Within 6 h of treatment, the MDA contents were increased (p < 0.01) in the 2.0% treatment group compared to the control and 1.0% treatment group. The MDA contents in the 1.0% concentration were induced (p < 0.05) after 12 h exposure. After 24 h of treatment, the MDA contents in the 1.0 and 2.0% concentrations were significantly increased (p < 0.01) compared to the control. MDA levels after treatment with the 1.0 and 2.0% concentrations for 48 h were 5.55 and 4.46-fold those of the control (Figure 4A).
Figure 4. MDA contents (A) and algicidal procedure (B–D) in algal cells under the effect of the bacterial culture. (B) Control cells of A. tamarense; (C) a damaged A. tamarense cell after 12 h treatment time; (D) fragments of death algal cell. All error bars indicate the SE of the three biological replicates. *Represents a statistically significant difference of p < 0.05 when compared to the control; **represents a statistically significant difference of p < 0.01. Bars (B,C) 10 μm, (D) 5 μm.
The algicidal procedures were also determined using SEM, and morphological changes were observed in the A. tamarense cells, which were treated with bacterial culture at a concentration of 1.0% (Figures 4B–D). The cell wall and membrane of algal cell in the control retained their integrity, the cell wall with a visible fissure in the middle of the intact cell structure (Figure 4B). However, in the treatment group, cell walls were seriously destroyed, with exposed cell membranes and diffused cytoplasm within the 12 h exposure (Figure 4C). With increased processing time, the algal cells were lysed and part of the cellular substances were decomposed and released from the cells (Figure 4D).
Effects of the Bacterial Culture on Cellular Pigments and Photosynthetic Efficiency Measurements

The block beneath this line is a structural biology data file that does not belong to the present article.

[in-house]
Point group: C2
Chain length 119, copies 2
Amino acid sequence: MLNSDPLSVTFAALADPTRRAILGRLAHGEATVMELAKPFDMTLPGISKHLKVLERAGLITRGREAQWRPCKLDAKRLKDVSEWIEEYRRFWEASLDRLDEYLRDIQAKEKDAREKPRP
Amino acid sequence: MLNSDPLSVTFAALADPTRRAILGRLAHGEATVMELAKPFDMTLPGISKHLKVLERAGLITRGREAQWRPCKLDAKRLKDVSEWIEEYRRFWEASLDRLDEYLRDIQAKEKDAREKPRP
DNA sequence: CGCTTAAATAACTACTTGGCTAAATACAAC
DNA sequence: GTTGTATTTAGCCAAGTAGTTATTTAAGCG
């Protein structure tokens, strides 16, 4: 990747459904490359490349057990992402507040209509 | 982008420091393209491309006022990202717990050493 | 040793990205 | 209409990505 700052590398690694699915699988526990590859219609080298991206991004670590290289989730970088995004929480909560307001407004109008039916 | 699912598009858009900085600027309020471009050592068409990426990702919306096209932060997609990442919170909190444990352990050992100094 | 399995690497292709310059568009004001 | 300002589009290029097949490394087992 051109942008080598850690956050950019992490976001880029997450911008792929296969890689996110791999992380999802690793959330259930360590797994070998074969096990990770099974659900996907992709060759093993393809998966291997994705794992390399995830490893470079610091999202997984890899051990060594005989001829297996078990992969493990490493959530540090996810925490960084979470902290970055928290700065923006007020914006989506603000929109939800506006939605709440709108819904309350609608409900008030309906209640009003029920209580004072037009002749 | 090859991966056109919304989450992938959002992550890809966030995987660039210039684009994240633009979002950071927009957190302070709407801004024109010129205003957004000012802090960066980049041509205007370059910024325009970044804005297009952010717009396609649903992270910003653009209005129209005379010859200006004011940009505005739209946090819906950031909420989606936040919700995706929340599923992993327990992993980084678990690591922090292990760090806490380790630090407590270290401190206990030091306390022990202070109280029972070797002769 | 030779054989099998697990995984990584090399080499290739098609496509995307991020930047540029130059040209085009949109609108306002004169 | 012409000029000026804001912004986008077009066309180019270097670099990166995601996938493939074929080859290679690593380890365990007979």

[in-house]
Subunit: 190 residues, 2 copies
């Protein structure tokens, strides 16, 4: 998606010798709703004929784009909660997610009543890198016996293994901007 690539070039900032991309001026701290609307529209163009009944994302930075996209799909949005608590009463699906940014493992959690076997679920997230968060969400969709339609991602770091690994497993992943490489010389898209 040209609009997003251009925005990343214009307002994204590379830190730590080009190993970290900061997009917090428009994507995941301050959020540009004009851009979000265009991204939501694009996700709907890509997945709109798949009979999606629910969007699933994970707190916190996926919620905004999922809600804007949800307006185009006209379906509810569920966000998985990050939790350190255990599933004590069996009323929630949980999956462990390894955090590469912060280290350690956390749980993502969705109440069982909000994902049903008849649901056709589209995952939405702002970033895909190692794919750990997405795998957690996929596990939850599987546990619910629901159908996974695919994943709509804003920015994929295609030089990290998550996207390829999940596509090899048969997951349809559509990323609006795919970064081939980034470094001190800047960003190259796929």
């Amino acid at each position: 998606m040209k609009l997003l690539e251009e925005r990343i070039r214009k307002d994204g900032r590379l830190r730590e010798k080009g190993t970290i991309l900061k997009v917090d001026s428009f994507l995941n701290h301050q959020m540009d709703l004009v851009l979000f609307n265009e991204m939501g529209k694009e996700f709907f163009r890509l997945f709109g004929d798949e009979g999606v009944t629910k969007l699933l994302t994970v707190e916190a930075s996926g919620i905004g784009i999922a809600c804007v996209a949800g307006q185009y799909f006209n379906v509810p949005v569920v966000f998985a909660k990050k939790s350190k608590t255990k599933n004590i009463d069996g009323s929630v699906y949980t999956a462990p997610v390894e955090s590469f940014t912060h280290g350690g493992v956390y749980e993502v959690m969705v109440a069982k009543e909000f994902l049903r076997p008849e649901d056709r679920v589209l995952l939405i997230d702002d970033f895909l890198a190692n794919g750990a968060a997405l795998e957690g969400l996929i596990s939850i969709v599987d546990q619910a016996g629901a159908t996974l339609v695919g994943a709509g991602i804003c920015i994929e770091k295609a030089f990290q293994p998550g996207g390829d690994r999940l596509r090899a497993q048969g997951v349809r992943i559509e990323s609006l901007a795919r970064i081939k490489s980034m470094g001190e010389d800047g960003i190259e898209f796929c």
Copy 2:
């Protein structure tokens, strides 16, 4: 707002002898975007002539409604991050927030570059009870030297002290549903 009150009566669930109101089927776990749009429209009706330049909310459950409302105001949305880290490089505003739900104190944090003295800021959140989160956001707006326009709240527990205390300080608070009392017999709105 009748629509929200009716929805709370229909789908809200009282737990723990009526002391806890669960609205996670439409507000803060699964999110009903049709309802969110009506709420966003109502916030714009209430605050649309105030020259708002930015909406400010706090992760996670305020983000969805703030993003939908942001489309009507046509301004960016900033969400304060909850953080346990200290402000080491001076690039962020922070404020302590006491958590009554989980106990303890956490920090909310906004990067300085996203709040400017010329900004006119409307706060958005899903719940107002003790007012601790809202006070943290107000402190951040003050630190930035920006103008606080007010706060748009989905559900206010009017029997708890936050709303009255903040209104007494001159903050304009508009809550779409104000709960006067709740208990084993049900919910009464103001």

The cellular pigments, Chl a and carotenoid contents in the algal cells were significantly decreased under the effect at concentrations of 1.0, 2.0, and 3.0% of algicidal culture (Figure 5). The Chl a contents decreased (p < 0.01) from 4 h of treatment to 48 h (Figure 5A), and the maximum inhibitory effect of the bacterial culture was achieved within 48 h exposure. The Chl a contents were approximately 14.6, 13.8, and 34.2% that of the control after exposure to the 1.0, 2.0, and 3.0% concentrations of bacterial culture. However, the 0.5% concentration did not show any obvious effect on Chl a content compared to the control. The carotenoid contents in the treatment groups showed similar trends with Chl a content, and were greatly decreased during the algicidal procedure (Figure 5B). After 48 h of treatment, the carotenoid contents were significantly (p < 0.01) decreased under the effect of the 1.0, 2.0, and 3.0% concentrations of bacterial culture, and were approximately 14.3, 14.0, and 32.0% of the control. Under the algicidal activity of the bacterial culture, the structure and morphology of the chloroplasts changed obviously compared to the control (Figures 5C,D). In the control, the chloroplast structure was intact and clear, with tightly and evenly distributed thylakoids and tubular cristae. However, the chloroplast membrane was destroyed, and the internal structure became sparse and fuzzy, when the chloroplast structure was damaged under the algicidal effect (Figure 5D).